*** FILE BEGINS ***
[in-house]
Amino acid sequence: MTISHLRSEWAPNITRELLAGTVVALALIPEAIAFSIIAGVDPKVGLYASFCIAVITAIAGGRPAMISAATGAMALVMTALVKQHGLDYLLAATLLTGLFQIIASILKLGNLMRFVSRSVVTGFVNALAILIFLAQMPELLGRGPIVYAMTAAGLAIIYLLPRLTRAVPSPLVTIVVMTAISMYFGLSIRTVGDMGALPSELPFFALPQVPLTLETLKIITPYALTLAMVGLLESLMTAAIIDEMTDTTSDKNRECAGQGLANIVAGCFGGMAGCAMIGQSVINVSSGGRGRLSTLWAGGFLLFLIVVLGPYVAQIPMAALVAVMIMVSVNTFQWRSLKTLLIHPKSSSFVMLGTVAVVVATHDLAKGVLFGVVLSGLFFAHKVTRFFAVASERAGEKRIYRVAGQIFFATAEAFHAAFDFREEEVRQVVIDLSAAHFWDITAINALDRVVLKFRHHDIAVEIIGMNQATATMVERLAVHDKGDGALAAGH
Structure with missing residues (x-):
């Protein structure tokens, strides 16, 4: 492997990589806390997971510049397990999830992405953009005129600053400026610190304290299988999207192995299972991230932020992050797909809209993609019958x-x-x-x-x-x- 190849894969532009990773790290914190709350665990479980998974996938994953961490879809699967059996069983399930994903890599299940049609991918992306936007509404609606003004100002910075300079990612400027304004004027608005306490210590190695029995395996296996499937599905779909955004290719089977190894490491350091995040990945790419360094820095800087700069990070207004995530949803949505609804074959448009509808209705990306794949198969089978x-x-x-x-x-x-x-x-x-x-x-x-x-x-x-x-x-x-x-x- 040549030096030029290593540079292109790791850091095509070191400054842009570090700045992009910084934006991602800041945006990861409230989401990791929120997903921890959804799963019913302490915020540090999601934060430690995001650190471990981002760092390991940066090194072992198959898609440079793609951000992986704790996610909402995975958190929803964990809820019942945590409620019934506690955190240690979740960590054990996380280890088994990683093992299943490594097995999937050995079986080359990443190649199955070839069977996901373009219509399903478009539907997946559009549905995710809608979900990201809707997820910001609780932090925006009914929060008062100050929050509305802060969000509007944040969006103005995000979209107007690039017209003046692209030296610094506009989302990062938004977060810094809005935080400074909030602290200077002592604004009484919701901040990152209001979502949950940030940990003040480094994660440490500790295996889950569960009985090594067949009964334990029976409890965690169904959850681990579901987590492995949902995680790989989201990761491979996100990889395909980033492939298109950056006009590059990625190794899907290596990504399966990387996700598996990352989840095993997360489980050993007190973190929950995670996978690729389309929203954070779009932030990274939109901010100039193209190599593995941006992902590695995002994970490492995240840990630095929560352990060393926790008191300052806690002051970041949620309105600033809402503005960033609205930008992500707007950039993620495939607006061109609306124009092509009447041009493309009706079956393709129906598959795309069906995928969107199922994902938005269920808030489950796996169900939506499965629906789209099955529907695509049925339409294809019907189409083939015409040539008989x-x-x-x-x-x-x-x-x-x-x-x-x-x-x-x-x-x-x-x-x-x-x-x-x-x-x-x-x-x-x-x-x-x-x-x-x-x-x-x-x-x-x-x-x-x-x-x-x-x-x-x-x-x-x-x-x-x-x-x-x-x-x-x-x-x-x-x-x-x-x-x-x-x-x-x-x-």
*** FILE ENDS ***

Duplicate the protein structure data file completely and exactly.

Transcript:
[in-house]
Amino acid sequence: MTISHLRSEWAPNITRELLAGTVVALALIPEAIAFSIIAGVDPKVGLYASFCIAVITAIAGGRPAMISAATGAMALVMTALVKQHGLDYLLAATLLTGLFQIIASILKLGNLMRFVSRSVVTGFVNALAILIFLAQMPELLGRGPIVYAMTAAGLAIIYLLPRLTRAVPSPLVTIVVMTAISMYFGLSIRTVGDMGALPSELPFFALPQVPLTLETLKIITPYALTLAMVGLLESLMTAAIIDEMTDTTSDKNRECAGQGLANIVAGCFGGMAGCAMIGQSVINVSSGGRGRLSTLWAGGFLLFLIVVLGPYVAQIPMAALVAVMIMVSVNTFQWRSLKTLLIHPKSSSFVMLGTVAVVVATHDLAKGVLFGVVLSGLFFAHKVTRFFAVASERAGEKRIYRVAGQIFFATAEAFHAAFDFREEEVRQVVIDLSAAHFWDITAINALDRVVLKFRHHDIAVEIIGMNQATATMVERLAVHDKGDGALAAGH
Structure with missing residues (x-):
């Protein structure tokens, strides 16, 4: 492997990589806390997971510049397990999830992405953009005129600053400026610190304290299988999207192995299972991230932020992050797909809209993609019958x-x-x-x-x-x- 190849894969532009990773790290914190709350665990479980998974996938994953961490879809699967059996069983399930994903890599299940049609991918992306936007509404609606003004100002910075300079990612400027304004004027608005306490210590190695029995395996296996499937599905779909955004290719089977190894490491350091995040990945790419360094820095800087700069990070207004995530949803949505609804074959448009509808209705990306794949198969089978x-x-x-x-x-x-x-x-x-x-x-x-x-x-x-x-x-x-x-x- 040549030096030029290593540079292109790791850091095509070191400054842009570090700045992009910084934006991602800041945006990861409230989401990791929120997903921890959804799963019913302490915020540090999601934060430690995001650190471990981002760092390991940066090194072992198959898609440079793609951000992986704790996610909402995975958190929803964990809820019942945590409620019934506690955190240690979740960590054990996380280890088994990683093992299943490594097995999937050995079986080359990443190649199955070839069977996901373009219509399903478009539907997946559009549905995710809608979900990201809707997820910001609780932090925006009914929060008062100050929050509305802060969000509007944040969006103005995000979209107007690039017209003046692209030296610094506009989302990062938004977060810094809005935080400074909030602290200077002592604004009484919701901040990152209001979502949950940030940990003040480094994660440490500790295996889950569960009985090594067949009964334990029976409890965690169904959850681990579901987590492995949902995680790989989201990761491979996100990889395909980033492939298109950056006009590059990625190794899907290596990504399966990387996700598996990352989840095993997360489980050993007190973190929950995670996978690729389309929203954070779009932030990274939109901010100039193209190599593995941006992902590695995002994970490492995240840990630095929560352990060393926790008191300052806690002051970041949620309105600033809402503005960033609205930008992500707007950039993620495939607006061109609306124009092509009447041009493309009706079956393709129906598959795309069906995928969107199922994902938005269920808030489950796996169900939506499965629906789209099955529907695509049925339409294809019907189409083939015409040539008989x-x-x-x-x-x-x-x-x-x-x-x-x-x-x-x-x-x-x-x-x-x-x-x-x-x-x-x-x-x-x-x-x-x-x-x-x-x-x-x-x-x-x-x-x-x-x-x-x-x-x-x-x-x-x-x-x-x-x-x-x-x-x-x-x-x-x-x-x-x-x-x-x-x-x-x-x-």